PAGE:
Central Illinois Business Magazine
FINANCIAL PLANNING          February 2013

Financial strategies for success


Curt Anderson

By Curt Anderson
CIB Contributor

As we venture into a new year, the prospect of developing and adhering to a financial strategy can sometimes be overwhelming. However, it doesn't have to be complicated. When organizing your finances and planning for the coming year, consider taking the following three steps:

• Measure your current financial status.

• Identify your financial goals.

• Identify the steps to help you get there.

Measuring your current financial status can best be accomplished by preparing a personal balance sheet.

Goal setting is critical in creating a successful financial plan, but few people actually set clearly defined goals. Funding a child's education, increasing current income, reducing taxes, achieving retirement security and passing accumulated wealth to their families at death are all popular primary financial objectives.

Set aside enough reserve funds to cover emergencies or temporary unemployment. By planning ahead for large expenditures, you can prevent anxiety and save on finance charges. Many financial planners suggest you have three months' salary available in savings for the unexpected. Then take a look at your spending needs over the next year or two. Once you've determined how much you need and when you'll need it, you're ready to identify the steps to get you there.

Here are four points to include in your financial strategy.

Consistent saving.

Using a payroll deduction or automatic savings program is often more successful than simply trying to save on a less frequent basis. Automatic saving plans are easy to set up, result in consistent deposits and are available in a number of forms. Select one that meets your long-term needs and fits your budget.

Wise investing.

Investments come with risks, and ideally higher returns to compensate for those risks. Asset allocation, diversification and investment costs should all be taken into account as part of a wise investment strategy. Understanding the risks of price fluctuation, loss and inflation are necessary when creating your financial plan.

Adequate protection.

Periodically, you should review all your insurance coverage. This includes homeowners/renters, health, auto, disability and any umbrella policies. For peace of mind, make sure you have the right combination of coverage and deductibles. If you use insurance primarily for "catastrophic" coverage, remember that higher deductibles usually translate into lower premiums.

For life insurance, first evaluate how much you really need. If your family would need significant funds to replace your income, a larger policy might make sense. If you are single, perhaps a smaller policy (and smaller premiums) would be a more cost-effective option. Also, compare the benefits and costs of term and whole life policies. For younger, healthy individuals without need for permanent protection, a term policy may be better.

Use a qualified adviser,

if you need one.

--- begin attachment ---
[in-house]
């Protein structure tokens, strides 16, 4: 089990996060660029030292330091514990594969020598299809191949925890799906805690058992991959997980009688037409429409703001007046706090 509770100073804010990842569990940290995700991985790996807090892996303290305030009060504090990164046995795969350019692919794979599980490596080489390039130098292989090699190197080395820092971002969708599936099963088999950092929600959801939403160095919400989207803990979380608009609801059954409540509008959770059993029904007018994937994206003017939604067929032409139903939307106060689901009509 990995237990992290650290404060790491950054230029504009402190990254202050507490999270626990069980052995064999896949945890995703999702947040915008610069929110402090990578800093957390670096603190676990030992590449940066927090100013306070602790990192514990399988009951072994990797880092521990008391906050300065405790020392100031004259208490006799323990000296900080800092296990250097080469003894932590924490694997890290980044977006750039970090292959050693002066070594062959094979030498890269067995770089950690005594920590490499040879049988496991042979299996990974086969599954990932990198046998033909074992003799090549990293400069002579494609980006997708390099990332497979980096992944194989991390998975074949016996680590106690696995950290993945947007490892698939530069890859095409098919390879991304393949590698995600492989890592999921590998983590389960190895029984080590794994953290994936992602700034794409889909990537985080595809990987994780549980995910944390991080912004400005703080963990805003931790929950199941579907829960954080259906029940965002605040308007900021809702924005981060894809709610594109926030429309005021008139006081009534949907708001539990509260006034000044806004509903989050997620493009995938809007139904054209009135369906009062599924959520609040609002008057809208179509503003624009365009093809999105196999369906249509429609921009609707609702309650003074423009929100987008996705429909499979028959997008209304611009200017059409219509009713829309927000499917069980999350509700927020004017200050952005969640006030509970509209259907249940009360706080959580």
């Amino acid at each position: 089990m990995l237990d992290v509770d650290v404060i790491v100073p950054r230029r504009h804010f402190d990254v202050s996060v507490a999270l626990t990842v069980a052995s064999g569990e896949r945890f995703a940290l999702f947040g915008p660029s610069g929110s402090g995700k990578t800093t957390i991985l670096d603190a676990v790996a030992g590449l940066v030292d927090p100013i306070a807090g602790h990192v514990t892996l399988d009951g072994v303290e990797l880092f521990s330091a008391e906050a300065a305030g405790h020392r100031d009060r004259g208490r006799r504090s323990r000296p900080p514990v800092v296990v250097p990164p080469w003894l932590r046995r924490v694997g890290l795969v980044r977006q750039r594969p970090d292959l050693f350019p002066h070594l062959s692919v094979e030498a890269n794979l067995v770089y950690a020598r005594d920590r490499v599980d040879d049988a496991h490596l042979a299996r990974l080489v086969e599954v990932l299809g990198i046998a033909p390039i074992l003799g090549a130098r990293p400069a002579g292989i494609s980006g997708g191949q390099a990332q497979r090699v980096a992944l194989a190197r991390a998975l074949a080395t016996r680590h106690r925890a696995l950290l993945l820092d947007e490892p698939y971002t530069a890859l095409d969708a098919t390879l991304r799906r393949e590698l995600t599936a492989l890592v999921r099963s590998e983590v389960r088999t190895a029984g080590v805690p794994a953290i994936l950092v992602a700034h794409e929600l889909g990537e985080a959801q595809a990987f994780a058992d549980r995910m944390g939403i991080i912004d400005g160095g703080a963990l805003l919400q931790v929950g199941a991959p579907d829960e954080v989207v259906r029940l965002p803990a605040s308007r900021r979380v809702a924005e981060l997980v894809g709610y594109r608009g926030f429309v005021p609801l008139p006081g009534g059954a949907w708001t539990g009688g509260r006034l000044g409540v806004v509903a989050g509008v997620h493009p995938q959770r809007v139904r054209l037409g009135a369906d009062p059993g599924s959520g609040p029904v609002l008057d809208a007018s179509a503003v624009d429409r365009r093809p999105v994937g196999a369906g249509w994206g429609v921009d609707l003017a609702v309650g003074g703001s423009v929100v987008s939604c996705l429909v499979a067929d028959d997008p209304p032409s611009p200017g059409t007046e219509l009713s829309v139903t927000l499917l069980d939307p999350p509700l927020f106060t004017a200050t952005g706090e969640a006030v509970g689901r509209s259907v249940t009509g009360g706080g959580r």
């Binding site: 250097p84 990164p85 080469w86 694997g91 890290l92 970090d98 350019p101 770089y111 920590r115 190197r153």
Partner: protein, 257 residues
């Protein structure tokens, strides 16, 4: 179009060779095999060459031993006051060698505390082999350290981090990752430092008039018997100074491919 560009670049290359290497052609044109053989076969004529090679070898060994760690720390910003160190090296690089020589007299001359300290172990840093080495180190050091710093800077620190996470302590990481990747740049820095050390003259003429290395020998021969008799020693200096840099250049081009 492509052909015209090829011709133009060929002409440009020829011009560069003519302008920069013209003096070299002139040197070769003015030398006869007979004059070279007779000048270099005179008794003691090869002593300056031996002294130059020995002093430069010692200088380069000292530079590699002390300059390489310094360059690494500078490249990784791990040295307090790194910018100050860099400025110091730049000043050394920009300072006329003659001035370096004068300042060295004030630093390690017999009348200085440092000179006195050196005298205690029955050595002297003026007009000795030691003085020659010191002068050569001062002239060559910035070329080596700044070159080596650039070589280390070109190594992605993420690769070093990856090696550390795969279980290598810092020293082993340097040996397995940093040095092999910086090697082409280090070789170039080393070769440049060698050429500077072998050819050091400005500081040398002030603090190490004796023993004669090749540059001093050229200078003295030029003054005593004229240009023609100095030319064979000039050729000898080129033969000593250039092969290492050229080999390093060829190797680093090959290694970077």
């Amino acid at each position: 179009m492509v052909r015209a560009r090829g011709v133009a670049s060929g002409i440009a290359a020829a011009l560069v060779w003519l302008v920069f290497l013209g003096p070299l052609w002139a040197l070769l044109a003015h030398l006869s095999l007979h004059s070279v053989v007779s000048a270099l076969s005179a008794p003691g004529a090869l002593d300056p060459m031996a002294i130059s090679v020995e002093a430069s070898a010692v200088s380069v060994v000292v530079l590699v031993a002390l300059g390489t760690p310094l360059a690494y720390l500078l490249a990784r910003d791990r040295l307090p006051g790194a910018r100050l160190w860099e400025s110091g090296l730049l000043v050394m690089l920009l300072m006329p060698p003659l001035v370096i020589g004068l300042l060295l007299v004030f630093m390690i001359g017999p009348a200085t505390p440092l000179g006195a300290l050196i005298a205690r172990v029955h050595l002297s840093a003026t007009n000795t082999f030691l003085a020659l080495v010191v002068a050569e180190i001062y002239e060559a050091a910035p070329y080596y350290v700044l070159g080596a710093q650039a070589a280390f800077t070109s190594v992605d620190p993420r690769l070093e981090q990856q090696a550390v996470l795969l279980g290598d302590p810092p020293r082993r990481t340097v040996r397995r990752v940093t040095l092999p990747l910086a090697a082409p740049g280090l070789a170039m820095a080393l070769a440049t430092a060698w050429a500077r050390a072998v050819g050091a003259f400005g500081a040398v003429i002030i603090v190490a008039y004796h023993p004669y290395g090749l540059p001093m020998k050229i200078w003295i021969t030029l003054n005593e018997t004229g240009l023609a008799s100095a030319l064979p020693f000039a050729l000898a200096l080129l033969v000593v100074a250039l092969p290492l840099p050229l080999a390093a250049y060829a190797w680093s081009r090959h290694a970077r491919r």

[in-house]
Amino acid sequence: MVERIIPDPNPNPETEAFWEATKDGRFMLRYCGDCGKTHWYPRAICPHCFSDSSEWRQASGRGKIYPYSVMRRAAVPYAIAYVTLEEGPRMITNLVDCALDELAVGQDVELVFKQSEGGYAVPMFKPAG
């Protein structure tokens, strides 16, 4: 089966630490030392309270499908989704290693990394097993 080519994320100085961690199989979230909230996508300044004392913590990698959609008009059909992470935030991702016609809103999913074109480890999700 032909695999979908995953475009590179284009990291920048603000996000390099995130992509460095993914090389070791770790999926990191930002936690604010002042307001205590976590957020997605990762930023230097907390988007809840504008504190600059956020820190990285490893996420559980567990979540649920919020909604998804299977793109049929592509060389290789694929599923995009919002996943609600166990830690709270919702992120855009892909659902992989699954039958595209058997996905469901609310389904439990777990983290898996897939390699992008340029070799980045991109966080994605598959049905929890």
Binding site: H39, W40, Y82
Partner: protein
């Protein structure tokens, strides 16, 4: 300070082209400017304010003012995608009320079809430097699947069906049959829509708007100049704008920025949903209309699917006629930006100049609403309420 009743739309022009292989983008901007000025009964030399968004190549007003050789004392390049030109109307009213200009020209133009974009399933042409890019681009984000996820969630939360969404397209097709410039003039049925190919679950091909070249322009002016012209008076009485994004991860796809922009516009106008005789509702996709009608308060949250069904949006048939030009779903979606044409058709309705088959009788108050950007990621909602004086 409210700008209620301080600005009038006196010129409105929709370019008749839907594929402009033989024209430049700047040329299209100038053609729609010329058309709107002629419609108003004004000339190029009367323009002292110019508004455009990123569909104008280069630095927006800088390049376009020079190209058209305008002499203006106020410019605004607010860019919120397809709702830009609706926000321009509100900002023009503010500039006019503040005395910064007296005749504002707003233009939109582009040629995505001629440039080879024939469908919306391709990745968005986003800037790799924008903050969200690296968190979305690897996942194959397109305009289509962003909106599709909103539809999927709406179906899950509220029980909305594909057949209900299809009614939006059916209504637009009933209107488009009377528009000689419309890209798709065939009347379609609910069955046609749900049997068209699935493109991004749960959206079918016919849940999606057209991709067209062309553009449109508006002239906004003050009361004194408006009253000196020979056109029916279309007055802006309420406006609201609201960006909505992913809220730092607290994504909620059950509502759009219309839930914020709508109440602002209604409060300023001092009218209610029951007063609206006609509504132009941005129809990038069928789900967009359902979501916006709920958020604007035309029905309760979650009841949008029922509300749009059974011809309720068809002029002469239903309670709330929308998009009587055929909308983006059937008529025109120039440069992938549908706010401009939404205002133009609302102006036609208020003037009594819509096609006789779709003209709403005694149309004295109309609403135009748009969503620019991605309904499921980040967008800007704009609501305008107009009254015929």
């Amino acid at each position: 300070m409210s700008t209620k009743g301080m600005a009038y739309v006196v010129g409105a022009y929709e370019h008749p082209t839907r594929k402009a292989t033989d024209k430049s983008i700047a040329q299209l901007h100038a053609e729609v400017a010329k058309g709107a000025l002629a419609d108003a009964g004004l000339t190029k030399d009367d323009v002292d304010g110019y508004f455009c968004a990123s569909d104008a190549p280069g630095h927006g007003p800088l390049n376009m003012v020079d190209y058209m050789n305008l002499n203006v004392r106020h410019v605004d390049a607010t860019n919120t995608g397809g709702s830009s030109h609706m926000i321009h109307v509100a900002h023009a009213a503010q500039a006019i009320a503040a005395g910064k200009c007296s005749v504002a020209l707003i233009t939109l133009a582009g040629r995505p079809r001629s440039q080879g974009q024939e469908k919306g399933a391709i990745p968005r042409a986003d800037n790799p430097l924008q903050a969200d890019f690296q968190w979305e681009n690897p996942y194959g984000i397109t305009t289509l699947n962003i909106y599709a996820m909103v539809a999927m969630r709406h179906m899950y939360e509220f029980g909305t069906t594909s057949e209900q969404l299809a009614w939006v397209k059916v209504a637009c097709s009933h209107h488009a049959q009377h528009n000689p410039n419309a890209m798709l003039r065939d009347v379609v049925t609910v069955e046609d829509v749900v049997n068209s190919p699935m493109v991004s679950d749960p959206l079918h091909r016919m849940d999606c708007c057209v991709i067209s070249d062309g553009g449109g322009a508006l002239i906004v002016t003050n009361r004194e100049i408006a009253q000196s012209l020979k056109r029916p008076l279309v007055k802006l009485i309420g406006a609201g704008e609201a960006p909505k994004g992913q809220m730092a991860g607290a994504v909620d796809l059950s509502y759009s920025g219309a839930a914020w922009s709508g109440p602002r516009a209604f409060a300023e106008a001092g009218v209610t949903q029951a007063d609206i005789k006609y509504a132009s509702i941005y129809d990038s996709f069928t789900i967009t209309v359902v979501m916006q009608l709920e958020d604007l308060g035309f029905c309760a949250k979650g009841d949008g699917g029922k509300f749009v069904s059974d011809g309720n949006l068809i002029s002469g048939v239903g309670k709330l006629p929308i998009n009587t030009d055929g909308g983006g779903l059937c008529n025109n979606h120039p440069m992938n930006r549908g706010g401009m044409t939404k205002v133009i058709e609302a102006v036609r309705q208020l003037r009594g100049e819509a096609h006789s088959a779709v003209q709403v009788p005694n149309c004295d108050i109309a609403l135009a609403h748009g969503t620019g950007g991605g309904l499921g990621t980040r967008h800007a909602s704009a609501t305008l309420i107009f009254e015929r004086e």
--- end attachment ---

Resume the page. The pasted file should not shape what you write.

In areas where you need or want help, find the right adviser. It may be an investment professional or financial planner who can provide guidance. Make sure he or she is qualified and that you can comfortably work with him or her. Do your homework. The more knowledgeable you are, the better you will be able to evaluate recommendations.

When considering an adviser, review qualifications and experience such as education, number of clients and professional references. Find an adviser with a competitive edge such as a CFP, CFA and/or CTFA designation. With extremely stringent academic, continuing education and examination requirements, these designations are considered to be some of the most difficult and prestigious to obtain.

Remember, your decisions will affect you and your family for a long time. Implementing a financial plan now will reap benefits for years to come.

Curt Anderson is executive vice president and managing director of Busey Wealth Management.



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Editor's Note

Made in Central Illinois

It was a couple of decades ago when Champaign-Urbana first was referred to as the “Silicon Prairie.” A tech consulting company — Pixo, previously known as OJC Technologies — formed around that time and is one of the success stories of the Silicon Prairie. Pixo President Lori Patterson said Champaign-Urbana has been a fertile ground for companies such as hers, and the community has now developed a “tech ecosystem” where activities at the University of Illinois and the Research Park provide resources for local tech companies.

You can read in this issue about what makes Pixo unique and how it has grown.

Champaign County is home to many manufacturers as well, and our February/March issue featured several businesses that made products here for customers worldwide.

That story has spawned a new feature for Central Illinois Business — Made in Champaign County. We’ve partnered with the Champaign County Economic Development Corp. to feature an area business in each issue and tell you a little about who they are and what they do. And we’ll venture outside Champaign County so you’ll learn about businesses in neighboring counties too.

Jodi Heckel is editor of Central Illinois Business magazine. She can be reached at 217-351-5695 or jheckel@news-gazette.com.